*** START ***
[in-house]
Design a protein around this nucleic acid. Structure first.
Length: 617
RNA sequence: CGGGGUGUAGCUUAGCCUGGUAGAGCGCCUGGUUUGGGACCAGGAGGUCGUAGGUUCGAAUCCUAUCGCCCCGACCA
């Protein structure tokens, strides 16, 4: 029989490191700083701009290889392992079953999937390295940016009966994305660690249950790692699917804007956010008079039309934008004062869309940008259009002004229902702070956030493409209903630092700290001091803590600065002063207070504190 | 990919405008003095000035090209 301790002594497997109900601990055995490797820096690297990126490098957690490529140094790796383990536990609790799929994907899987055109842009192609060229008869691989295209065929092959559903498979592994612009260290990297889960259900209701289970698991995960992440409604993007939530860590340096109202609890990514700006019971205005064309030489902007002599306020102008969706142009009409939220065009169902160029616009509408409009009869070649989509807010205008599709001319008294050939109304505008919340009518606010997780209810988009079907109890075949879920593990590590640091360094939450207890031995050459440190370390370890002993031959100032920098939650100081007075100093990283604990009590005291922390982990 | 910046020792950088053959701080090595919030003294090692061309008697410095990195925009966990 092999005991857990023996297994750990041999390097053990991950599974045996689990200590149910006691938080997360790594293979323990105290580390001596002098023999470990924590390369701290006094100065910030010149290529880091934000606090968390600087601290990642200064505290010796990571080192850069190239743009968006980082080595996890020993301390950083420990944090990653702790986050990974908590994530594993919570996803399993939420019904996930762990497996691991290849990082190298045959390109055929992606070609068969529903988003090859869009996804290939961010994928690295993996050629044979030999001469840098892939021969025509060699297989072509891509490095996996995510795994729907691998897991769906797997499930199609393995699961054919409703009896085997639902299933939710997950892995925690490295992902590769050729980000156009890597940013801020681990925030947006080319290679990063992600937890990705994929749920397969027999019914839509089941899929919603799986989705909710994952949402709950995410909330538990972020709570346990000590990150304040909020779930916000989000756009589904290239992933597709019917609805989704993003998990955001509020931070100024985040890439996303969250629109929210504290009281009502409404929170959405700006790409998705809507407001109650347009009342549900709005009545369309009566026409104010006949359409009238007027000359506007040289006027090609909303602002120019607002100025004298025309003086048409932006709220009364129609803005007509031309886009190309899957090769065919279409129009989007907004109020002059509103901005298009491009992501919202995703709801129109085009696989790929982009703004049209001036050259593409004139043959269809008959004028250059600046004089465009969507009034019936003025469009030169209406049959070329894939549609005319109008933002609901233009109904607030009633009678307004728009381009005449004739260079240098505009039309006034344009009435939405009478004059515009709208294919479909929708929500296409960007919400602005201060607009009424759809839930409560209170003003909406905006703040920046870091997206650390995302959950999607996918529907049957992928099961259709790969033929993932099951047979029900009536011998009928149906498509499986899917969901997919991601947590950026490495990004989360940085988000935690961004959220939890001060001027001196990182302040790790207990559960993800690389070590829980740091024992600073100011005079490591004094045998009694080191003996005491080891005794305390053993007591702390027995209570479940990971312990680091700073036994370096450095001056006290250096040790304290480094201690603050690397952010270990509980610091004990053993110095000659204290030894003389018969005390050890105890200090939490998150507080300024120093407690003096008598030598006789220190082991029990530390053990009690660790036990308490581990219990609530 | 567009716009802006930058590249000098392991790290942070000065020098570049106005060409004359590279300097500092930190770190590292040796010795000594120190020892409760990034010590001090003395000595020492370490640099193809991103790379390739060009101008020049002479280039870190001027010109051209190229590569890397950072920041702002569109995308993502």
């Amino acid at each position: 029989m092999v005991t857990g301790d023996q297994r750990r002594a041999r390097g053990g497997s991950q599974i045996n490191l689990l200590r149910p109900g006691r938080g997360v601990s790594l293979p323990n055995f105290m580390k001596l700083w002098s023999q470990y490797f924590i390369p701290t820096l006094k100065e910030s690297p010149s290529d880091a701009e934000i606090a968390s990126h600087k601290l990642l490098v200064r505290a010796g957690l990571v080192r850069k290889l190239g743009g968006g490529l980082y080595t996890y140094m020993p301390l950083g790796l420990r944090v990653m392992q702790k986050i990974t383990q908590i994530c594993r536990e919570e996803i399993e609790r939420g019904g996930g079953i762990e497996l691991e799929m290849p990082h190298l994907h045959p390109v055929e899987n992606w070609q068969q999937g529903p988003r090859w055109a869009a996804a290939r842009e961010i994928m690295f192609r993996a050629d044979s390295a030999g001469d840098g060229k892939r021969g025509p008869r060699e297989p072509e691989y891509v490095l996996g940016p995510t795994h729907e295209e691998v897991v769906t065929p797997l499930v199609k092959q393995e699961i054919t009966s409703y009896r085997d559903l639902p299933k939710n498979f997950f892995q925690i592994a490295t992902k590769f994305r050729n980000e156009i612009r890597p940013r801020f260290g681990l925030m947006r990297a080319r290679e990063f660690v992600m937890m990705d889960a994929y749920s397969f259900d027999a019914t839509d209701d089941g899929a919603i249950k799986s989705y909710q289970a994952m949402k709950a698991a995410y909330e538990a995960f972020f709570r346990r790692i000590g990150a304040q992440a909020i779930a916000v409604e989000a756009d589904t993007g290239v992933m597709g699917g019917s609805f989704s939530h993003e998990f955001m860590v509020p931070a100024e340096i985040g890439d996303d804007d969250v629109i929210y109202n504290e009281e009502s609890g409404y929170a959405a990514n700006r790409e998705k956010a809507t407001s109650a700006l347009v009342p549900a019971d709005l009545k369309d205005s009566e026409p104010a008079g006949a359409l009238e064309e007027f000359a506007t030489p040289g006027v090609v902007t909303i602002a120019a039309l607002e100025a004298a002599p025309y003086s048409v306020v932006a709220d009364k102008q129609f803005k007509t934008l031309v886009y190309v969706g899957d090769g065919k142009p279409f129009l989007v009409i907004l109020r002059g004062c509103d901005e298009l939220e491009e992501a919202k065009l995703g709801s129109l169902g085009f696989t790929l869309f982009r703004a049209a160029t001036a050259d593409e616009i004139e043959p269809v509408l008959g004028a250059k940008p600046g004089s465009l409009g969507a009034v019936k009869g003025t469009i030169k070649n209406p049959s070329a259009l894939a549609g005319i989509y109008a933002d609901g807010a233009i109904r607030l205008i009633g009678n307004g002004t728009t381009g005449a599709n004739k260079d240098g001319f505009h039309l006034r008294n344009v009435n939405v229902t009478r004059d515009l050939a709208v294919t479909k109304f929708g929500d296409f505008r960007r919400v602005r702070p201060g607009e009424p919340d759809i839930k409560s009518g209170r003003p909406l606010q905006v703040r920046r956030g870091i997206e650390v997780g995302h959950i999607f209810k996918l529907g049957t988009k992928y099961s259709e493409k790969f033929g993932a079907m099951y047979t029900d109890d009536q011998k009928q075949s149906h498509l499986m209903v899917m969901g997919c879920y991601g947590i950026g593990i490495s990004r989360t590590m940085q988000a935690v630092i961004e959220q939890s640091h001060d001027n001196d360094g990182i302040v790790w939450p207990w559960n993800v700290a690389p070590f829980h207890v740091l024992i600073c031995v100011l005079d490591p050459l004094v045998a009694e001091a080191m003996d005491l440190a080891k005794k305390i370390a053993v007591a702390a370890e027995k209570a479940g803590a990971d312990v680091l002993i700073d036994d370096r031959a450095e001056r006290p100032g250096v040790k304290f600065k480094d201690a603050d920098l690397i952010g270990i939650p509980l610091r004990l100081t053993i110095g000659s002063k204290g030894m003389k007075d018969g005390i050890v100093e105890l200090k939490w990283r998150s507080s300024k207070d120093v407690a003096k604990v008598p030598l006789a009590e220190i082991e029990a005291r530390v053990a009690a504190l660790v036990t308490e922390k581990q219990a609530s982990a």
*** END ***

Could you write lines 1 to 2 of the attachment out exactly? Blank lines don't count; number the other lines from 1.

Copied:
[in-house]
Design a protein around this nucleic acid. Structure first.